This section is from the book "Nature's Garden", by Neltje Blanchan. Also available from Amazon: Nature's Garden; An Aid To Knowledge Of Our Wild Flowers And Their Insect Visitors.
Flowers - Blue, later purple; 1/2 in. long, growing downward in i-sided spike, 15 to 40 flowered; calyx oblique, small, with unequal teeth; corolla butterfly-shaped, consisting of standard, wings, and keel, all oblong; the first clawed, the second oblique, and adhering to the shorter keel; 10 stamens, 1 detached from other 9. Stem: Slender, weak, climbing or trailing, downy, 2 to 4 ft. long. Leaves: Tendril bearing, divided into 18 to 24 thin, narrow, oblong leaflets. Fruit: A smooth pod 1 in. long or less, 5 to 8 seeded.
Preferred Habitat - Dry soil, fields, waste land.
Flowering Season - June - August.
Distribution - United States from New Jersey, Kentucky, and Iowa northward and northwestward. Europe and Asia.
Dry fields blued with the bright blossoms of the tufted vetch, and roadsides and thickets where the angular vine sends forth vivid patches of color, resound with the music of happy bees. Although the parts of the flower fit closely together, they are elastic, and opening with the energetic visitor's weight and movement give ready access to the nectary. On his departure they resume their original position, to protect both nectar and pollen from rain and pilferers whose bodies are not perfectly adapted to further the flower's cross-fertilization. The common humblebee (Bombus terrestris) plays a mean trick, all too frequently, when he bites a hole at the base of the blossom, not only gaining easy access to the sweets for himself, but opening the way for others less intelligent than he, but quite ready to profit by his mischief, and so defeat nature's plan. Dr. Ogle observed that the same bee always acts in the same manner, one sucking the nectar legitimately, another always biting a hole to obtain it surreptitiously, the natural inference, of course, being that some bees, like small boys, are naturally depraved.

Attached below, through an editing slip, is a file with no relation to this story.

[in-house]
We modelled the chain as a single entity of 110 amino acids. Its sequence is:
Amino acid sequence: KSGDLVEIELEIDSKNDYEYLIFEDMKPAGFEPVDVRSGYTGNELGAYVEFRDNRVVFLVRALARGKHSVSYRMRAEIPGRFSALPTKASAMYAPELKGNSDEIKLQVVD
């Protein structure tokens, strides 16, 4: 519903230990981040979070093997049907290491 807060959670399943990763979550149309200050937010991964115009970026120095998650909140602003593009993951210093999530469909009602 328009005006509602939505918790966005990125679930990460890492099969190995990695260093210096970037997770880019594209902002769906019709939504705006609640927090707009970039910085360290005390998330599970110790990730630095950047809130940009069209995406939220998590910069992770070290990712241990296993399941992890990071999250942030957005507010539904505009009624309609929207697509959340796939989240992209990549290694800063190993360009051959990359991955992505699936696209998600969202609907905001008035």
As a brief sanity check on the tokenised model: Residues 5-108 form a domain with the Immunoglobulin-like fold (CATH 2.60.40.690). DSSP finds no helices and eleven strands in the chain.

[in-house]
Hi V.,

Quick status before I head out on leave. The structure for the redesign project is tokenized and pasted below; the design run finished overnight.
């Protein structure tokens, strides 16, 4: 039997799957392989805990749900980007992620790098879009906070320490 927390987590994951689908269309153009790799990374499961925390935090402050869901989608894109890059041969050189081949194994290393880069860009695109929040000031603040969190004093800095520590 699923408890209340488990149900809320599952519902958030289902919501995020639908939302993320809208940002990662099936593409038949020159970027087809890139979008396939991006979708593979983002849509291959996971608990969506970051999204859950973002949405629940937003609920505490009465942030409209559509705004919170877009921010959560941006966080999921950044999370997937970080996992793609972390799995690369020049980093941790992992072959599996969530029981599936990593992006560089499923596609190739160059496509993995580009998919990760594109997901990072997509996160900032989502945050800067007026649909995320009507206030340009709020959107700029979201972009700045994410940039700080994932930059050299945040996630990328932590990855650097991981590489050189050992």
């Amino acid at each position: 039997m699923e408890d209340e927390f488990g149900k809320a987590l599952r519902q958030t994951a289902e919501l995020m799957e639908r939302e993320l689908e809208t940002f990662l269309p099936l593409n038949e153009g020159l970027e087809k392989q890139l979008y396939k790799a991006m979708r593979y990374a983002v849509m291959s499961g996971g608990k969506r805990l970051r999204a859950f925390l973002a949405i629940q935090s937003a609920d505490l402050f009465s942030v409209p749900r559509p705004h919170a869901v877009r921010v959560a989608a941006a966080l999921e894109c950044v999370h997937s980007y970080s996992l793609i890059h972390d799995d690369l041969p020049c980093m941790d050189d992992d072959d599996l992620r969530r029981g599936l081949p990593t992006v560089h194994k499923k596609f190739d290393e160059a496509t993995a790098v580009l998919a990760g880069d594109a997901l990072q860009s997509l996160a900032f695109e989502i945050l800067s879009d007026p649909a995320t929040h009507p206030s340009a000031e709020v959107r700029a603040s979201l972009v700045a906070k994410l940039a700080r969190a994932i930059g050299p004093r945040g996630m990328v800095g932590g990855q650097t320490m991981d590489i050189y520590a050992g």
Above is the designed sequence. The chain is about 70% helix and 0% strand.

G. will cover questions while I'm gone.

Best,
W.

In cultivated fields and waste places farther south and westward to the Pacific Coast roams the Common or Pebble Vetch or Tare (V. saliva), another domesticated weed that has come to us from Europe, where it is extensively grown for fodder. Let no reproach fall on these innocent plants that bear an opprobrious name: the tare of Scripture is altogether different, the bearded darnel of Mediterranean regions, whose leaves deceive one by simulating those of wheat, and whose smaller seeds, instead of nourishing man, poison him. Only one or two light blue-purple flowers grow in the axils of the leaves of our common vetch. The leaf, compounded of from eight to fourteen leaflets, indented at the top, has a long terminal tendril, whose little sharp tip assists the awkward vine, like a grappling hook.
The American Vetch, or Tare, or Pea Vine (V. Americana) boasts slightly larger bluish-purple flowers than the blue vetch, but fewer of them; from three to nine only forming its loose raceme. In moist soil throughout a very broad northerly and westerly range it climbs and trails its graceful way, with the help of the tendrils on the tips of leaves compounded of from eight to fourteen oblong, blunt, and veiny leaflets.